When it was announced in March 2015 that A-HA would be returning with their tenth studio album ‘Cast In Steel’, it was somewhat unexpected.

The Norwegian trio had made a high-profile statement that they were disbanding and played their farewell concert at the Oslo Spektrum in December 2010. It was a fitting end, following the artistic high of their 2009 long player ‘Foot Of The Mountain’.

But like many of their peers such as ULTRAVOX, DURAN DURAN and SPANDAU BALLET, the sum proved to be greater than the individual parts. So with no contractual pressures or touring commitments, Morten Harket, Paul Waaktaar-Savoy and Magne Furuholmen quietly reunited and recorded new material.

A-HA’s collective strength over the years has been to produce great melancholic pop in that classic Nordic tradition, but also add a contrasting glorious optimism for that vital all-embracing lift.

Although often tagged as a teenybopper band in the UK, A-HA always had a darker edge compared with DURAN DURAN and even their only British No1 ‘The Sun Always Shines On TV’ was shaded in gloom. This demeanour was reflected in the opening numbers at the O2 Arena, ‘I’ve Been Losing You’ and ‘Cry Wolf’, the latter’s pop angst amusingly accompanied by an animation of a bopping wolf! The beautiful ‘Stay On The Roads’ got the evening’s first mobiles-in-the-air moment.

Meanwhile the first of only three songs from the new album came in the shape of the wonderful ‘Cast In Steel’ title track. The duet of ‘Crying In The Rain’ with backing singer Anneli Drecker provided another sensitive focal point, but the rhythmical DEPECHE MODE pulse of ‘Mother Nature Goes To Heaven’ and Waaktaar-Savoy’s rock out on ‘Sycamore Leaves’ provided some artistic diversity.

Morten Harket himself provided an interesting case study as a front man. Still blessed with great cheek bones and a fine voice, something had to be missing and it was his interaction (or rather the lack of it) with the audience. Indeed, it was Furuholmen who acted as Master of Ceremonies from behind his keyboards while Harket appeared to be like a lost teenager at Specsavers, unable to decide on his choice of eyewear, swapping between shades, standard specs and nothing at all!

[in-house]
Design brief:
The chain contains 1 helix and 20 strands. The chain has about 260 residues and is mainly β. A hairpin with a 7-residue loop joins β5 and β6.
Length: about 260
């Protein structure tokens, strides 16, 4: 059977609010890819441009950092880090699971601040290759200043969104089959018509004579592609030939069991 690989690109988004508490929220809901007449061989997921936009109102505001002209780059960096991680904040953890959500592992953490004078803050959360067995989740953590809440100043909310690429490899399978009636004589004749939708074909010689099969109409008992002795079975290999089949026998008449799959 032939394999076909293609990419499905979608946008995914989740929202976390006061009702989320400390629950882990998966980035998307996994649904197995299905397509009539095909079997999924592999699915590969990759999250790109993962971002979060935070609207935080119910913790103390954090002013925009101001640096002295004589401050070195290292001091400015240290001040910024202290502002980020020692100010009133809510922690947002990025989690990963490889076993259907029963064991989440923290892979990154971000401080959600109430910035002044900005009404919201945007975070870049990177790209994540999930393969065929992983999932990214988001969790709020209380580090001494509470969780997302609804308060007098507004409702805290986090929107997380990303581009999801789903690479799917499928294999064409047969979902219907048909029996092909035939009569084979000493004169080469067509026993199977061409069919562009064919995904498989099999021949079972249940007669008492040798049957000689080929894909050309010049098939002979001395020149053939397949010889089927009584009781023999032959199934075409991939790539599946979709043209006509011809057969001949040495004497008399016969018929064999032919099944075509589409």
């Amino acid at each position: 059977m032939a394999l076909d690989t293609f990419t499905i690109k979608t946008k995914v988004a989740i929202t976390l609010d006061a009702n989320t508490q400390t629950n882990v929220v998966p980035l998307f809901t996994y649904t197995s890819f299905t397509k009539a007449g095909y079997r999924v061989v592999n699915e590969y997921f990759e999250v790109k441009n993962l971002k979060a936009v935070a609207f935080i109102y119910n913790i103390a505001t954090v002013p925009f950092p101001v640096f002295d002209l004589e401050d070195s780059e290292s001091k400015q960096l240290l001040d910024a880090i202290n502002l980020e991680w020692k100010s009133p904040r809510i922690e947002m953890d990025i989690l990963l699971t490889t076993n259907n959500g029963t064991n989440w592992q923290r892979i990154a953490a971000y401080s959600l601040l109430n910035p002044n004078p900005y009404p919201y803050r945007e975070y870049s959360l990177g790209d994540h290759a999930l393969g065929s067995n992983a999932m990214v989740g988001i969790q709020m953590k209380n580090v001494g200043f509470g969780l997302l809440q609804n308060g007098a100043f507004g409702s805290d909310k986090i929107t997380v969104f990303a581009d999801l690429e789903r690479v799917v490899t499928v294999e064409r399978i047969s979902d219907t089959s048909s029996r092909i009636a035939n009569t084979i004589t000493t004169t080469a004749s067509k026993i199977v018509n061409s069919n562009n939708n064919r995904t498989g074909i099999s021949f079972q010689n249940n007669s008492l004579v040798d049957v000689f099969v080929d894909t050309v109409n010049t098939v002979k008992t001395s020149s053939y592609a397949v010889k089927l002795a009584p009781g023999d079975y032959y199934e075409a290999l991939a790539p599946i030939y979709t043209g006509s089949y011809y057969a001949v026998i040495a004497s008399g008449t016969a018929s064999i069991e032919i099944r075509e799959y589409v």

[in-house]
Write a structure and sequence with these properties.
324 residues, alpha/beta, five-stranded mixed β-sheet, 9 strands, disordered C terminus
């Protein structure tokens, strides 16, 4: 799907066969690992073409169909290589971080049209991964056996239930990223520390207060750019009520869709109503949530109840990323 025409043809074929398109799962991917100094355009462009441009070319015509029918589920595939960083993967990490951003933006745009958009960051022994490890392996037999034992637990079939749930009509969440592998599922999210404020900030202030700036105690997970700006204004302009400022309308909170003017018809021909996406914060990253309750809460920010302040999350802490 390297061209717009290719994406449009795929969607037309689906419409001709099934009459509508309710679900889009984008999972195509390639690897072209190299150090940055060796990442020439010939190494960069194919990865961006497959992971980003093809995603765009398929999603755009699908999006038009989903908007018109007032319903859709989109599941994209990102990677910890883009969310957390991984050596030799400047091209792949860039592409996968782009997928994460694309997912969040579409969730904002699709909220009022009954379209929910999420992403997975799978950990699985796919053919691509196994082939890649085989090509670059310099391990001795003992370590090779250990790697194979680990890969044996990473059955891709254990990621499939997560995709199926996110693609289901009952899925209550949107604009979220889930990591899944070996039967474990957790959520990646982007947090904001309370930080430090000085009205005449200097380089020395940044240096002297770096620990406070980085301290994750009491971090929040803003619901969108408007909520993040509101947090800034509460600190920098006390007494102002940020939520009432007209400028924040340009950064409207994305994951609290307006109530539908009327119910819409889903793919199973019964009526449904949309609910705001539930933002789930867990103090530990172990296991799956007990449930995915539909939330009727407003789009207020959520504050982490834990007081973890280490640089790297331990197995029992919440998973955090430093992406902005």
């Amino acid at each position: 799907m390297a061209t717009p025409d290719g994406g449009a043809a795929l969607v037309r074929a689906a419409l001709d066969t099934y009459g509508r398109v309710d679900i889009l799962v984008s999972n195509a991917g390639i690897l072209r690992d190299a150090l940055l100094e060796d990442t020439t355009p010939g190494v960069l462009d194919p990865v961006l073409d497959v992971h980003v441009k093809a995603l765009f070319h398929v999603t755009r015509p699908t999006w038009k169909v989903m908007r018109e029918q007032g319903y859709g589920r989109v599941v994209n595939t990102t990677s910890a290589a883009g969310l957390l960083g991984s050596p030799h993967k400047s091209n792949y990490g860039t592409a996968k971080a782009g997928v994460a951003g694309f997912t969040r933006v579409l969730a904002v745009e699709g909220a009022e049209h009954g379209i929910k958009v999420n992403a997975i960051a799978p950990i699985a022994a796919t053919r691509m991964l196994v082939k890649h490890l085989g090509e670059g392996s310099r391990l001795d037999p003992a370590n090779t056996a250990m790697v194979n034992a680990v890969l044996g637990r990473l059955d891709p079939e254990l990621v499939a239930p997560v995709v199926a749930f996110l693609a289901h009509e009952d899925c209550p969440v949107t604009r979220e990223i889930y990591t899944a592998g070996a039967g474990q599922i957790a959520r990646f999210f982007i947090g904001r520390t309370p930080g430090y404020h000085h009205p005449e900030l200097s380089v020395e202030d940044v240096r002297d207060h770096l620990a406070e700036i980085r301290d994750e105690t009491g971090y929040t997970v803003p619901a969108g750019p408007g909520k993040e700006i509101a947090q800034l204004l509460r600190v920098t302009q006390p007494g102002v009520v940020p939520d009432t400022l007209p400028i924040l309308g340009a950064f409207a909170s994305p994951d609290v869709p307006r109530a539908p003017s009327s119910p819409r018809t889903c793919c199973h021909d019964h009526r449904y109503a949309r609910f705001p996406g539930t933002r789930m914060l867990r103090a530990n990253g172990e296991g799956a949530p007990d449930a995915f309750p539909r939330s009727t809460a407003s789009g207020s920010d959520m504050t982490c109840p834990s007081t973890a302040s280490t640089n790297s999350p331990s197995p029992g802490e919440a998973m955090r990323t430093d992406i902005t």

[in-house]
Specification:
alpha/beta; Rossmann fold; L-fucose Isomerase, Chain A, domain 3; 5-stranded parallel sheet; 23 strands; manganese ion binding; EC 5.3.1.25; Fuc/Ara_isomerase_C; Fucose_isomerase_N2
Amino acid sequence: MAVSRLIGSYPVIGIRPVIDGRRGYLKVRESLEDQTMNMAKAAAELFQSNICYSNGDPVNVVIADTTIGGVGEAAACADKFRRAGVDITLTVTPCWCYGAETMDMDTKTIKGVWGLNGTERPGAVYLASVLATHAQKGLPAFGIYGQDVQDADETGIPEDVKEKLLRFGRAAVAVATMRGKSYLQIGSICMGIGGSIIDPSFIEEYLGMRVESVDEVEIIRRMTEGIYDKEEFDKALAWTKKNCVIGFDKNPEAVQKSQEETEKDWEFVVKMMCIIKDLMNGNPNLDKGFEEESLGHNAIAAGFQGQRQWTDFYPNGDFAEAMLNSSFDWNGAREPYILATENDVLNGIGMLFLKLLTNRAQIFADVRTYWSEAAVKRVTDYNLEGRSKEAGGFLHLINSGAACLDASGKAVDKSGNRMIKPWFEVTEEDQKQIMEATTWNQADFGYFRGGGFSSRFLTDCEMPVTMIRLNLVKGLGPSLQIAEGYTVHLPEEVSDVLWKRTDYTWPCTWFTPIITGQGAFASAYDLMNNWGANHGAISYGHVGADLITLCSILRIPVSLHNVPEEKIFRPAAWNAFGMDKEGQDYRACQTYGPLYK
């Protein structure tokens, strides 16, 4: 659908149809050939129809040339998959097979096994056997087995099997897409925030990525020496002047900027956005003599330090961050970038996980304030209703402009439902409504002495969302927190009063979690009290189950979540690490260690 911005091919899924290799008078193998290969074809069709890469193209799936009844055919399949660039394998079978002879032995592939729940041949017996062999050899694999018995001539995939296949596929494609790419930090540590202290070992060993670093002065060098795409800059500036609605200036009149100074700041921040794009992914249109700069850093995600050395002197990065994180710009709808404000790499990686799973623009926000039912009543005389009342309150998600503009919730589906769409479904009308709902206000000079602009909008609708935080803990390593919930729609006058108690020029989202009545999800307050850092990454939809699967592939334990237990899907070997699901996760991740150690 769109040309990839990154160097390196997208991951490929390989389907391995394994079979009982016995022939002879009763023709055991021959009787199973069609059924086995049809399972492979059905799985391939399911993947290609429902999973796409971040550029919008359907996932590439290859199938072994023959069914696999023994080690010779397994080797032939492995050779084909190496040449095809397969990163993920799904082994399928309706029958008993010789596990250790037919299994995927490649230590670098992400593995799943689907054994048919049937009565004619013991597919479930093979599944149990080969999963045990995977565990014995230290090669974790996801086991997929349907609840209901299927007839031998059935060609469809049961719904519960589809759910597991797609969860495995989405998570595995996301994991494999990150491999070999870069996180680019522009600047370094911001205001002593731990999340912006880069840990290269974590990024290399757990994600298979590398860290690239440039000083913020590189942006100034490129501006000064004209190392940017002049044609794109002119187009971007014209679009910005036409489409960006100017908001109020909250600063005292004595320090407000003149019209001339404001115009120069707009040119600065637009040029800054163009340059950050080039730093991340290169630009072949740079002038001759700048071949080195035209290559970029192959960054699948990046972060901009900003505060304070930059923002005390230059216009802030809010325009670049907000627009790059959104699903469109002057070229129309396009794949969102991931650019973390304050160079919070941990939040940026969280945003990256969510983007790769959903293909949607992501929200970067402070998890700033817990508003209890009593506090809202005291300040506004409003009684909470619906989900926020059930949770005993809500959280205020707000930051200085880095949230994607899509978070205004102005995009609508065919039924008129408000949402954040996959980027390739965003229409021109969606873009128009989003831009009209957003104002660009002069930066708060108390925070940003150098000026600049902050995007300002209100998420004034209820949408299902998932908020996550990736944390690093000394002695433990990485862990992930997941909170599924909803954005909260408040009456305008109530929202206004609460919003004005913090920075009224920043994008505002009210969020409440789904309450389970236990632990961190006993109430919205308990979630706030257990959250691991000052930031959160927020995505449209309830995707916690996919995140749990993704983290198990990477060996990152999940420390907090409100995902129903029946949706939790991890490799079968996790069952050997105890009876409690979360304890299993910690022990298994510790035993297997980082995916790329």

And while Harket’s crying falsetto was present and correct, the muted sustain on some numbers was an indication that age was beginning to take its toll on his voice. As if to substantiate the point, after ‘We’re Looking For The Whales’, Harket walked off stage to leave Paul Waaktaar-Savoy to take the lead on ‘Velvet’; now while his vocal was good, Magne Furuholmen’s star turn on ‘Lifelines’ was less impressive, the keyboardist even coming clean on his capabilities during his introduction.

It was an interesting diversion and they might have gotten away with it on 2005’s ‘Analogue’ tour. But on a final tour with not much change from a hundred pounds for a ticket, this was an odd decision. To prompt even more head scratching, Anneli Drecker then took the lead vocal for a surprise rendition of ‘Here I Stand & Face the Rain’ from the ‘Hunting High & Low’ album. And while she gave a worthwhile performance, there was a feeling among those present that it was Morten Harket who they really wanted to sing it.

Harket did return and from the new album, he went straight into ‘She’s Humming A Tune’ which dropped hints of ‘Scoundrel Days’ in a lower key with bursts of bottle neck guitar from Waaktaar-Savoy. ‘Scoundrel Days’ itself appeared as a magnificent climax to the main section of the show following excellent, emotive performances of ‘Foot Of The Mountain’ and ‘Hunting High & Low’,

Beginning the encore with the marvellous U2 influencing ‘The Sun Always Shines On TV’, the creepy projection of violin playing mannequins added to the atmosphere before disappointingly, ‘Under The Makeup’ made its appearance, stripped of the Bond Theme elements that made the recorded version so enjoyable. But a powerful rendition of ‘The Living Daylights’ made up for it, before a rousing ‘Take On Me’ completed an enjoyable evening.

The performance affirmed why A-HA have been able continue their career into the 21st Century. But with cracks beginning to show, the time is maybe now right to finally call it a day. They have nothing more to prove and even now, they have more great songs on ‘Cast In Steel’ than many bands manage in an entire career.

‘Time & Again: The Ultimate A-HA’ is released by Universal Music Catalogue




Text and Photos by Chi Ming Lai
30th March 2016